GOPer wants Virginia to have its own currency

The state's House of Delegates passed a bill to "study the feasibility of a metallic-based monetary unit"

By Jillian Rayfield

Published February 8, 2013 5:35PM (EST)

    (<a href=''>Denis Vrublevski</a> via <a href=''>Shutterstock</a>)
(Denis Vrublevski via Shutterstock)

Virginia's House of Delegates passed a bill this week to set up a committee that would consider whether the state should mint its own currency, based on a gold or silver standard.

ABC News reports:

The lower chamber passed a bill Monday to study the possibility. The legislation, proposed by Manassas Republican Del. Robert Marshall, would create a new joint subcommittee made up of lawmakers, plus two outside experts, to “study the feasibility of a metallic-based monetary unit.”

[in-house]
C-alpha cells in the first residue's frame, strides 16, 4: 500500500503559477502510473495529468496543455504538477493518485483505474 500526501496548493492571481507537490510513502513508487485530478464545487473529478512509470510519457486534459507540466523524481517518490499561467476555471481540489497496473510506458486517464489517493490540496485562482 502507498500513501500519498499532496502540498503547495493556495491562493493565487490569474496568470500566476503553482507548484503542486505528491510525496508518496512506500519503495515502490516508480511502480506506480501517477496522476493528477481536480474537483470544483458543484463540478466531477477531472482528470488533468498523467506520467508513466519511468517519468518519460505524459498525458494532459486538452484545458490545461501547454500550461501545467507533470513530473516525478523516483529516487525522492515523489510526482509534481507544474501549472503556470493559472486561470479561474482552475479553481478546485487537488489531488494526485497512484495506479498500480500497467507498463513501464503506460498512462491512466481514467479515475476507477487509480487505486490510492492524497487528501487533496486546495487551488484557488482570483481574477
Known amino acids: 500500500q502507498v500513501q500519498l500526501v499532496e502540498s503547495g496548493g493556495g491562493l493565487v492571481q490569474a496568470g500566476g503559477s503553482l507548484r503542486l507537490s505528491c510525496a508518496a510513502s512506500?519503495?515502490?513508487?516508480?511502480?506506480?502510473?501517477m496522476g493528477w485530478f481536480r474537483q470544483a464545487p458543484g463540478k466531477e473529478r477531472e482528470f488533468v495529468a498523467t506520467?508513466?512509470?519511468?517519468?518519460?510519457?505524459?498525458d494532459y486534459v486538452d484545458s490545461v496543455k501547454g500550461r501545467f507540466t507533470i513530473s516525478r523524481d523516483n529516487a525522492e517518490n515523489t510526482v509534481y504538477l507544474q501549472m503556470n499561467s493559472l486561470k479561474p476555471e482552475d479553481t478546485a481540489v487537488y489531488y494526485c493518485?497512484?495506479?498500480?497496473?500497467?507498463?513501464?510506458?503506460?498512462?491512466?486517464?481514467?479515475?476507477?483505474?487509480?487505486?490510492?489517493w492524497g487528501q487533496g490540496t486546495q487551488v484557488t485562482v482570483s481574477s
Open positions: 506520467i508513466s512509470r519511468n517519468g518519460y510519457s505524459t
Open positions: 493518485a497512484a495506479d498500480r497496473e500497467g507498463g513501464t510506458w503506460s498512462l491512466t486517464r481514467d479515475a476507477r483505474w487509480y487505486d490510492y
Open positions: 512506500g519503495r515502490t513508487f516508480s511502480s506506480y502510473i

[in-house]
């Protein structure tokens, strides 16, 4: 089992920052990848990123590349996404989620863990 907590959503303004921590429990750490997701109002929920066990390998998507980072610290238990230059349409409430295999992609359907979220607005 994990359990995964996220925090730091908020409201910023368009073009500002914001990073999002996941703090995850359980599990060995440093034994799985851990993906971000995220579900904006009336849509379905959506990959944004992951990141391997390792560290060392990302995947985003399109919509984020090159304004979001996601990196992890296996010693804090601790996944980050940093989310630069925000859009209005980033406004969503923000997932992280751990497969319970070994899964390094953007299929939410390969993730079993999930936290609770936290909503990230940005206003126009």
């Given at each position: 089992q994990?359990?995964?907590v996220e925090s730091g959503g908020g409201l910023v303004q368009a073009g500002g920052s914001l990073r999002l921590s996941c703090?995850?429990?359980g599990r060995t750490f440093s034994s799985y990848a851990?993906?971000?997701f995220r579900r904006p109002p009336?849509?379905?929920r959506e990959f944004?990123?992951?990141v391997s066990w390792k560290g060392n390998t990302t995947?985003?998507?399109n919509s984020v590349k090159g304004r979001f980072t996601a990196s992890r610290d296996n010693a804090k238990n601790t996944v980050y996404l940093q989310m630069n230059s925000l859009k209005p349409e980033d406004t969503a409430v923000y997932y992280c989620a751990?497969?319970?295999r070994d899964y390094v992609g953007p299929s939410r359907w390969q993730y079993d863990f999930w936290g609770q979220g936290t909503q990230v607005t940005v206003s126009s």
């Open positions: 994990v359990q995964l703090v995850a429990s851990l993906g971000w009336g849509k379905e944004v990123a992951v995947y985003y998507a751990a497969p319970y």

The committee could spend up to $17,440 and would present its recommendations before the legislative session starts in 2014.

The House of Delegates passed the bill by a vote of 65-32, though it is not likely to pass out of the state Senate, which is split evenly between Republicans and Democrats.

Marshall is a big fan of the gold standard, and has repeatedly proposed similar legislation in the past. "Once Virginia leads the way, other [states] will see this,” he said in 2011. “We need to get out of a lethargic mode of acceptance. A gold and silver system puts the power back with the people and not with a private group of bankers.”

Jillian Rayfield

Jillian Rayfield is an Assistant News Editor for Salon, focusing on politics. Follow her on Twitter at @jillrayfield or email her at

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Bob Marshall Currency Gold Standard Republicans Virginia